• January Shifts

Three shots of turbulent clouds, looking north (10 January 2016).

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• Snow Flurries

A couple of shots from inside in the warm of a little snow storm taking place outside in the cold.

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• Wood warbler indoors

Over the years I’ve found a number of avian visitors in the house: robins, great tits, blue tits, swallows.  Today it was the turn of a fearless wood warbler.

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• Yellow Submarine

Here I am, just a couple of days back from my four-month walk through France, and I walk up to Minions for the paper.  But as I pass through Higher Stanbear, I begin to wonder whether the exhilaration of completing my trip has affected my sanity.  Because there, tucked in next to one of the cottages, is a bizarre yellow contraption that looks like a cross between a tank and a double-decked submarine.  In bright yellow.  On my way back with the paper, I find its inventor and his mate (inside the top section) giving it a once-over and they allow me to come in and inspect it, even letting me climb up the ladder and look through the floor-less top bubble into the lower one.  The vehicle – the MSV explorer – is the latest in a line of submersibles, some of which are in operation in waters around the USA.  Brilliant – but at 800 feet above sea-level it’s a bit small for Noah’s Ark.

[2015: the MSV explorer and its inventor have now relocated to Exeter]

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• Horse, water, stone

In three weeks’ time I’m leading a section of my neighbouring parish’s ‘Beating the Bounds’ ceremony, only 36 years since the last one.  My bit takes us over the moor, down into the marshes and up and over the other side, some eight to nine miles in all.  So I’ve been scurrying through the undergrowth, wielding my compass, and donning my wading boots in search of the best route, sticking to the line of the boundary rocks and boundary stones wherever possible. Yesterday was the final reconnaissance.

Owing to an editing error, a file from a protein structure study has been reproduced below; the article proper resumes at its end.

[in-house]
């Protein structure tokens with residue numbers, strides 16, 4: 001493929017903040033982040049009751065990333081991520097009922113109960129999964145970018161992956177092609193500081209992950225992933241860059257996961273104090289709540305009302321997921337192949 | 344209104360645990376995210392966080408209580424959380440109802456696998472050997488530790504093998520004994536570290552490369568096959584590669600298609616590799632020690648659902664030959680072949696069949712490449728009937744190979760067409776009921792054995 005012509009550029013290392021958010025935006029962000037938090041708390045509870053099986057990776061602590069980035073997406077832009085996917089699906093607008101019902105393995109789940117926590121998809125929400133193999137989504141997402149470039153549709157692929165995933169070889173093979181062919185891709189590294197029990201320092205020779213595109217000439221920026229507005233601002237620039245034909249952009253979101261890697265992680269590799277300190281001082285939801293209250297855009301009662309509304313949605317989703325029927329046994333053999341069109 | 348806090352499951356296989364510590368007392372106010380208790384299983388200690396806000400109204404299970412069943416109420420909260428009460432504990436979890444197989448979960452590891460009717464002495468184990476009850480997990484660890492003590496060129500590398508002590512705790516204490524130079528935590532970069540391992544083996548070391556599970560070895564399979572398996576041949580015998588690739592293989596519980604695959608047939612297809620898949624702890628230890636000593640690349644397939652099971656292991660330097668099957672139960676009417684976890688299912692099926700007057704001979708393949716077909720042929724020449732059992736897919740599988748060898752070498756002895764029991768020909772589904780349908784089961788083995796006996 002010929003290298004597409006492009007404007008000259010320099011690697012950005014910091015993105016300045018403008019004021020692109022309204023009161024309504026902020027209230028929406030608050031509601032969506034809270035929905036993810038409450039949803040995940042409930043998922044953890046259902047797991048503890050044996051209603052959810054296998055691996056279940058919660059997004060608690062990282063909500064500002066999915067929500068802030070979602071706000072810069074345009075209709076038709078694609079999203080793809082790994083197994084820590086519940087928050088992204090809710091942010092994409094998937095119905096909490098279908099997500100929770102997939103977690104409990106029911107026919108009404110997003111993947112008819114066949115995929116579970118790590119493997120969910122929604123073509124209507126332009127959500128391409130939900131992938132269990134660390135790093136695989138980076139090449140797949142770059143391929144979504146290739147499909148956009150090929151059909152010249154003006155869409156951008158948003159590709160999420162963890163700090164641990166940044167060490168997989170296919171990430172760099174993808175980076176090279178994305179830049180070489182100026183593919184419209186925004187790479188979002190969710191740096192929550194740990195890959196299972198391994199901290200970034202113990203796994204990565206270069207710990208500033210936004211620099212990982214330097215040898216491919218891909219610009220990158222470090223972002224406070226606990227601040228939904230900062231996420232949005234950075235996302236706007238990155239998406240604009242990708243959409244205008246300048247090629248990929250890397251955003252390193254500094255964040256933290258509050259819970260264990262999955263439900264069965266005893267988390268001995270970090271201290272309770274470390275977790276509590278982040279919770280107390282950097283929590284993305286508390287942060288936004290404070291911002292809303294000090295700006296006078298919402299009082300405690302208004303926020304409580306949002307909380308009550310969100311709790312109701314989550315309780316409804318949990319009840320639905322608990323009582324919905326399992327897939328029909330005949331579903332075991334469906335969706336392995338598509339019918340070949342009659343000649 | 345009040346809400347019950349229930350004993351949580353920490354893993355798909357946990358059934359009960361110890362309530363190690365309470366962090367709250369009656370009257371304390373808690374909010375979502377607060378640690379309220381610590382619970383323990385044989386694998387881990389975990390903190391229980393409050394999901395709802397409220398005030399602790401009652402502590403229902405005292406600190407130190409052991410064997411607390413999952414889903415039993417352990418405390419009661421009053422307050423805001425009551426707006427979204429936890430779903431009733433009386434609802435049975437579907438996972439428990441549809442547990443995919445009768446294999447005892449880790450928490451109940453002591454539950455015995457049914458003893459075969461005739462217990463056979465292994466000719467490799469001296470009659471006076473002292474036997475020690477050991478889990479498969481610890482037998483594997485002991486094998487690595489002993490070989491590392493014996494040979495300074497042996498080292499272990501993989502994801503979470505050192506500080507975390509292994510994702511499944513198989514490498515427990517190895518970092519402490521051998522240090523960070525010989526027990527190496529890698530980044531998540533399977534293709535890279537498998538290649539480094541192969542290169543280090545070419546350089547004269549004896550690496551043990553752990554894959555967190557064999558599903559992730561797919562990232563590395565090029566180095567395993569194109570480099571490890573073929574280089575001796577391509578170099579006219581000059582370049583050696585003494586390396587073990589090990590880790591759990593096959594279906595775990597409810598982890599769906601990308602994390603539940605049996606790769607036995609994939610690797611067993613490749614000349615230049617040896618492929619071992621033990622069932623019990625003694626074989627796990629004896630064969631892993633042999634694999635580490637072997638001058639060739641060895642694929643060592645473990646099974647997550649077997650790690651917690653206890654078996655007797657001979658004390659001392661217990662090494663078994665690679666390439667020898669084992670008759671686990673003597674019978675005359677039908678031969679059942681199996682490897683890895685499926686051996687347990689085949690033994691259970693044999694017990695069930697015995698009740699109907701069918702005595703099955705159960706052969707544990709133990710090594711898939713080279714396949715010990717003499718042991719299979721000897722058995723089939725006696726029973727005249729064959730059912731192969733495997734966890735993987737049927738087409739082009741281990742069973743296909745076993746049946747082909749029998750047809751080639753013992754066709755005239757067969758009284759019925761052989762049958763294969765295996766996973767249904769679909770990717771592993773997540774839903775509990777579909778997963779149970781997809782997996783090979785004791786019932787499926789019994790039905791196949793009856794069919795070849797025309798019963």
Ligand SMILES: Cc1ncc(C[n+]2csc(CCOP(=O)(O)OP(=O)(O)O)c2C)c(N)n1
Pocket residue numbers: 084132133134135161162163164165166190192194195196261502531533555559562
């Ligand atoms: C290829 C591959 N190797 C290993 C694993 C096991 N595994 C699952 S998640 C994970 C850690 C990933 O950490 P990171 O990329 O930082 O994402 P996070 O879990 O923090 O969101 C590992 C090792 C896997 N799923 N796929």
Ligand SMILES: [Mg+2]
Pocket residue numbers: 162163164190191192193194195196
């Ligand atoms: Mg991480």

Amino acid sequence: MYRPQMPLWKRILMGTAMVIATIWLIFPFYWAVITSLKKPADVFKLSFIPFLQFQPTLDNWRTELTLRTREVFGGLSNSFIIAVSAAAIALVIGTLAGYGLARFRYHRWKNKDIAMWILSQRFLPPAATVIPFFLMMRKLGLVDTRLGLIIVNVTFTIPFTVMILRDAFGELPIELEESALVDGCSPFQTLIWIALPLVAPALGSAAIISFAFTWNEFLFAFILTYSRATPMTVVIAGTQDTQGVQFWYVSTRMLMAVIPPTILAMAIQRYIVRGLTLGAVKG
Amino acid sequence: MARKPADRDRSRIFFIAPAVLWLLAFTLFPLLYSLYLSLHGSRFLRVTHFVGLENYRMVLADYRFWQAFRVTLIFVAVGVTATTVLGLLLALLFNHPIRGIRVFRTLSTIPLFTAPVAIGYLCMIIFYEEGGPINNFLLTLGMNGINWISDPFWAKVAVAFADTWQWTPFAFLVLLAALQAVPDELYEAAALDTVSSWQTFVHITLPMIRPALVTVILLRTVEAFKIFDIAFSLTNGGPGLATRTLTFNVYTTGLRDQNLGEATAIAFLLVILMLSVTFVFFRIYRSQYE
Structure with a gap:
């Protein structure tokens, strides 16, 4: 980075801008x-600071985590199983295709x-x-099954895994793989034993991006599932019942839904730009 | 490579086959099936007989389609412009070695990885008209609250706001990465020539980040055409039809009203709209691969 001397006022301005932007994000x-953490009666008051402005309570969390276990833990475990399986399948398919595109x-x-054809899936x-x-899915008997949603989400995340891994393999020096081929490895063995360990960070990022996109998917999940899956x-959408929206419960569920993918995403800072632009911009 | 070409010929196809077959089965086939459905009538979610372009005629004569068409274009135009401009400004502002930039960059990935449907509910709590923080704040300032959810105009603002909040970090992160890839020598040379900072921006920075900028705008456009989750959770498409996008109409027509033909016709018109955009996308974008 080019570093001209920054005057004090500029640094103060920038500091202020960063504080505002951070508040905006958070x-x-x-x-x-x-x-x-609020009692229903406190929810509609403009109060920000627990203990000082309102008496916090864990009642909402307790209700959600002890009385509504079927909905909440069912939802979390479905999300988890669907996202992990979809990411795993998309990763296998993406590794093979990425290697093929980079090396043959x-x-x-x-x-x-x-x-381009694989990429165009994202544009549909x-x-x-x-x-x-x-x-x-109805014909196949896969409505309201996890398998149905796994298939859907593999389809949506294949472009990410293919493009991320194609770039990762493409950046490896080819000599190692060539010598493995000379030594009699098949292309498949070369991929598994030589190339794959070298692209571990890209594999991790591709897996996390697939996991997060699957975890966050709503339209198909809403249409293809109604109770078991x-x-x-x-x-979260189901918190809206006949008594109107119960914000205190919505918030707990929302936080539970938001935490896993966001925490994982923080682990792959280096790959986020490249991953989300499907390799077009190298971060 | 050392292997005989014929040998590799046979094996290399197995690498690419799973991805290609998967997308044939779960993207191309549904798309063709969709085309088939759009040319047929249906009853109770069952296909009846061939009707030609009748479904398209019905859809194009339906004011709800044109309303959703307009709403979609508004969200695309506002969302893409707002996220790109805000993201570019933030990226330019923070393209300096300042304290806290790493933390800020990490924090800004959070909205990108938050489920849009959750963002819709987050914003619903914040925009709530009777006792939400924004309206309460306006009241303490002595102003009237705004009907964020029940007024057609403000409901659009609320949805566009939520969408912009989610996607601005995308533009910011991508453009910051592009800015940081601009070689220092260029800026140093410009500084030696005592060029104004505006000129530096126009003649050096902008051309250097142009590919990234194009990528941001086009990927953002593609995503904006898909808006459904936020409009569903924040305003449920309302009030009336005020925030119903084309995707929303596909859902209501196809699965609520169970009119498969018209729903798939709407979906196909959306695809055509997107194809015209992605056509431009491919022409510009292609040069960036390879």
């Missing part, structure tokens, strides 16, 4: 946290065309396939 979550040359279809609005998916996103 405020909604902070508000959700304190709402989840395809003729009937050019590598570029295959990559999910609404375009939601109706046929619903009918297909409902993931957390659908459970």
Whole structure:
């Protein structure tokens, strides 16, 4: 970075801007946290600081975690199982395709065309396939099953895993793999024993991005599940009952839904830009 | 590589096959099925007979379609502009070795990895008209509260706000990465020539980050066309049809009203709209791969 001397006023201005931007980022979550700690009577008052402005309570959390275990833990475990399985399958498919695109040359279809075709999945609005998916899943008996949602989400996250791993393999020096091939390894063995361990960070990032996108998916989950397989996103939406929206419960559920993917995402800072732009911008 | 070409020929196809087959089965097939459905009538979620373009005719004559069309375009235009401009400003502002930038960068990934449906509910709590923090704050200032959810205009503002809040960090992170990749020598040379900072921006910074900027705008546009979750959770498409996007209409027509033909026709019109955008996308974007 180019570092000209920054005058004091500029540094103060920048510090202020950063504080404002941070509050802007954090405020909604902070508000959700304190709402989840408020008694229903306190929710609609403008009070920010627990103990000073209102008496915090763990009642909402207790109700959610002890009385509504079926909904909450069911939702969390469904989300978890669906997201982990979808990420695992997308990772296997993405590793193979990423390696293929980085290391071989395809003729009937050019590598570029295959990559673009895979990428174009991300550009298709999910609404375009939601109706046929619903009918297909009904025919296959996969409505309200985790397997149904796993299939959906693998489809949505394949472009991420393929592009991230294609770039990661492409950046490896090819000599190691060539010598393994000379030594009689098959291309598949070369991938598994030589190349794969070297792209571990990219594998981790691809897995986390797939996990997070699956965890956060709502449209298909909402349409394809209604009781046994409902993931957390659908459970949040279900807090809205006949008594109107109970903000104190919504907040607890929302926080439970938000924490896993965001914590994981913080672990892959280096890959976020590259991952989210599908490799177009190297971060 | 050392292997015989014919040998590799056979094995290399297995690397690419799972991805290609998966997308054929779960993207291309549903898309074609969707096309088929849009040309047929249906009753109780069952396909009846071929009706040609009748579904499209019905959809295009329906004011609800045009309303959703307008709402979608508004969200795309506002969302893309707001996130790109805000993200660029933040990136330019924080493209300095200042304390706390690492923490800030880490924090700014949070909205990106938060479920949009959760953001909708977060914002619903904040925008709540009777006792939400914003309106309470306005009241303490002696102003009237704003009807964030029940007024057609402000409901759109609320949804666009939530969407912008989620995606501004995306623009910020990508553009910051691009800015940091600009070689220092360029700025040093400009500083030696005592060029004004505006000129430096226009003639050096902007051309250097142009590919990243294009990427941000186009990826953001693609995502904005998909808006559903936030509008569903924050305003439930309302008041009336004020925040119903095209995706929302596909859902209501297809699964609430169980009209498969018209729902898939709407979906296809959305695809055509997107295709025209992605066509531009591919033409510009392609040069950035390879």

First stop: a pregnant white mare near one of the taller stones:

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Second stop: the Witheybrook, mellifluous in tone as ever:

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Third stop: a boundary stone that’s virtually inaccessible.  Getting to it was a matter of jumping streams and leaping from tussock to tussock over marshland.  This stone was eventually found hidden under a thicket of trees, covered in moss.  It has three faces, as it stands at the junction of three parishes.  Hence the three letters carved in it: N for North Hill, A for Altarnun and C for St Cleer.

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Job done, it was time to retrace our steps back to the Witheybrook.

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